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Farewell, Mr. Forsse: The “father of animatronic toys” left behind a rich and meaningful legacy. PDF Print E-mail
Written by Stephanie Finnegan   
Friday, 11 April 2014 09:12
Ken Forsse and his wife, Jan, posed with a pair of Teddy Ruxpin plush toys.
The motto says it all: “A friend for life has come to life.”
The so-called “magic” of Teddy Ruxpin came from the dual tracks in his head.
Some critics sniped that Teddy wouldn’t last because children couldn’t play with him; they could only listen.
The animated series was near and dear to Ken Forsse’s heart.
Teddy Ruxpin was involved with epic adventures.
Ken Forsse passed away at age 77, leaving behind a legacy of love, laughter, and listening.
Ken Forsse and his wife, Jan, posed with a pair of Teddy Ruxpin plush toys.
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I never owned a Teddy Ruxpin. Did you? When the talking Teddy made its debut in 1985, I saw myself as too old for the animated bear. Oh, how foolish I was!

Now 29 years later, I wish I had scooped up one of  the original singing/talking/expressive collectibles.

Teddy Ruxpin had a rich backstory—he was an adventuresome cub who was able to regale young children with stories of his derring-do. He was the brainchild of an inventor and a dreamer named Ken Forsse. Sadly, Mr. Forsse passed away last month, on March 19, at the age of 77. The cause of death was congestive heart failure.

His creation has attained a place of import in the toy world. In 2003, the Toy Industry Association (TIA) dubbed Teddy Ruxpin one of the most enduring and creative toys of the 20th century.

Interestingly, Forsse had a life that encompassed more than just a vivid, vibrant plush creature. He was born in 1936 in Nebraska, but moved to California with his family when he was 6 years old. Living in Burbank, he learned how to use his hands to paint, build toys, and even illustrate 3-D comics.

After graduating high school, he got a job in the Disney Studios mailroom and quickly moved up the ranks. His aptitude and ingenuity got him noticed and he was promoted to a member of their animation division. In 1959, when he was 23, he was drafted into the U.S. military. Among his army duties was the design and maintenance of superior officers’ quarters.

When he was discharged from the army, he returned to Disney. He was tapped to work in the building of models for Walt’s pet project: Disneyland. Young Ken Forsse had a hand in constructing the characters that populated the “Jungle Cruise” ride and the iconic “It’s a Small World.” His time at Disney was invaluable because it taught him to think beyond what is conceived as possible, and, most important, it takes hard work and ambition to make seemingly effortless magic.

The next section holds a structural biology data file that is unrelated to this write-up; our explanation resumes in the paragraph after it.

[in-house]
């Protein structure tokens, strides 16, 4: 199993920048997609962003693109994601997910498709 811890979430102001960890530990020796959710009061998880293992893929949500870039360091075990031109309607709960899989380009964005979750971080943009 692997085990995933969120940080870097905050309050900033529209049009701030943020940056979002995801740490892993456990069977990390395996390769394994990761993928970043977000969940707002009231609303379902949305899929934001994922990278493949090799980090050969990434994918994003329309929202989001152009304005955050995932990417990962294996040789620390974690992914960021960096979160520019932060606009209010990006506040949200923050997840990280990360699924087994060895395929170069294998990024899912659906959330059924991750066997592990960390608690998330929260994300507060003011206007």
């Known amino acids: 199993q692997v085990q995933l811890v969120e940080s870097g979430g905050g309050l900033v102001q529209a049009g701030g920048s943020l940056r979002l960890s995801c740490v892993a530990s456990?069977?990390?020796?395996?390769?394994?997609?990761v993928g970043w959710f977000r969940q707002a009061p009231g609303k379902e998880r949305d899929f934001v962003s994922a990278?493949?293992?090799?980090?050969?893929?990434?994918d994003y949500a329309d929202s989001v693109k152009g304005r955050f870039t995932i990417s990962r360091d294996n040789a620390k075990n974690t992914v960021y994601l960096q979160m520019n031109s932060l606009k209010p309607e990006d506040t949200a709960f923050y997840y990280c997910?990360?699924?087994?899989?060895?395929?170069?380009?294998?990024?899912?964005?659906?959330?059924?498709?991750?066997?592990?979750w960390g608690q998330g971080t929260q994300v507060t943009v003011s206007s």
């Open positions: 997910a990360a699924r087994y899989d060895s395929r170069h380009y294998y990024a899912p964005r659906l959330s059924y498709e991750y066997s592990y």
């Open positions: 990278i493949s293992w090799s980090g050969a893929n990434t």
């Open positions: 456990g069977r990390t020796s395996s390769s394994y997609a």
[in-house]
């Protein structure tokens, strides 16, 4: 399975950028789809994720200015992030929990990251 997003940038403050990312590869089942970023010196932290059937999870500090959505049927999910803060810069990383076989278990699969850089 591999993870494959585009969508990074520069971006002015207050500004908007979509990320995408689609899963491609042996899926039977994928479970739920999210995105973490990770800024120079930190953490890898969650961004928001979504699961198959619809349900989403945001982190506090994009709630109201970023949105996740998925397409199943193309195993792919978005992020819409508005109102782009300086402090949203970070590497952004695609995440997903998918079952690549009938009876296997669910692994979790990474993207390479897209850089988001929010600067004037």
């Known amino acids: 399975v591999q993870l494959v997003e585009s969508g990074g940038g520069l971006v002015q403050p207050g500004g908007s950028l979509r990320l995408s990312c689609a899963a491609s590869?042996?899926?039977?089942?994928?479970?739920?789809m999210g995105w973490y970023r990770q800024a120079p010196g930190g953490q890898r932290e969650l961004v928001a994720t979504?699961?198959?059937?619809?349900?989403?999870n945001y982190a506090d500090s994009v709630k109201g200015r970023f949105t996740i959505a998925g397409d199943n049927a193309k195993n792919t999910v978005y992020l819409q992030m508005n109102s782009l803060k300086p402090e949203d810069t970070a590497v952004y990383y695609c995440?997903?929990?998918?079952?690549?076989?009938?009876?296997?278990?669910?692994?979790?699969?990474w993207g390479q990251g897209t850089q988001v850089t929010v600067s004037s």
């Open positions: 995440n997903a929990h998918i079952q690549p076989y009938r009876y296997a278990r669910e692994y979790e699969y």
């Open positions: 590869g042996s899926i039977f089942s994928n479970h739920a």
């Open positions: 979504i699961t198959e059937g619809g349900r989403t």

After a stint with the puppet production team of Sid and Marty Krofft, Forsse decided to branch out on his own. Taking what he had learned from his varied careers, he forged his own company: Alchemy II.

One of his dreams was to bring the wonder of moving puppetry—like the Disneyland cast of characters—into a person’s living room. More than that, he wanted to enchant and capture the imagination of a child.

It was this desire that birthed Teddy Ruxpin.

Teddy Ruxpin was an amazing breakthrough in 1985. At that time, Ken Forsse was nearly 50 years old and was a veteran of the toy and entertainment industry. With this teddy bear, he “seemed” to seamlessly merge the two. His creation was a toy—yes, it was a plush teddy bear. However, it was also a talking storyteller. As the bear shared its tales of magic and marvels with captivated children, the toy’s mouth would move, head would nod, eyes would widen. Its facial expression was keyed into every line of its tale and every note of its song. It truly seemed to be living as it interacted and entertained children the world over.

The stories that Teddy Ruxpin spun were almost all penned by Forsse himself. He was committed to weaving a fantasy world that the bear lived in. Inspired by his former bosses, Disney and Krofft, he brought his creation to television. The syndicated cartoon series “The Adventures of Teddy Ruxpin” began airing in 2007 and ran for 65 episodes.

The Teddy Ruxpin toy was distinguished by its decoder system that was embedded in its plush skull. One track contained the speech; the other oversaw the facial responses. The words and the reactions were effortlessly blended together—just like magic, just like Alchemy (the name of his firm).

Many companies licensed the right to manufacture Teddy over a 20-year period. The last one was BackPack Toys in 2005, which featured digital songs rather than analog cassettes.

In its decades-long reign, Teddy Ruxpin sold millions of units. He brought universal joy and entertainment to children the world over.

I had the privilege of meeting Mr. Forsse at the American International Toy Fair. He was introduced to us members of the press as “the father of animatronic toys.” He wore that mantle humbly and proudly. Forsse saw himself as an inventor and a tinkerer, a maker of toys and a maker of dreams. He shared that not everyone was immediately smitten by his creation back in 1985. In fact, some industry observers said that it would flunk because it forced children to listen. In a fast-paced, bells-and-whistles world, they saw listening as a lost art. These naysayers were proven wrong.

Yes, I never got the chance to own a Teddy Ruxpin for myself. But, luckily, eBay and other auction sites make that omission a reality that can be rectified today. I think the talking/singing bear will continue to enchant for another 20 years or more . . . for as long as children will listen!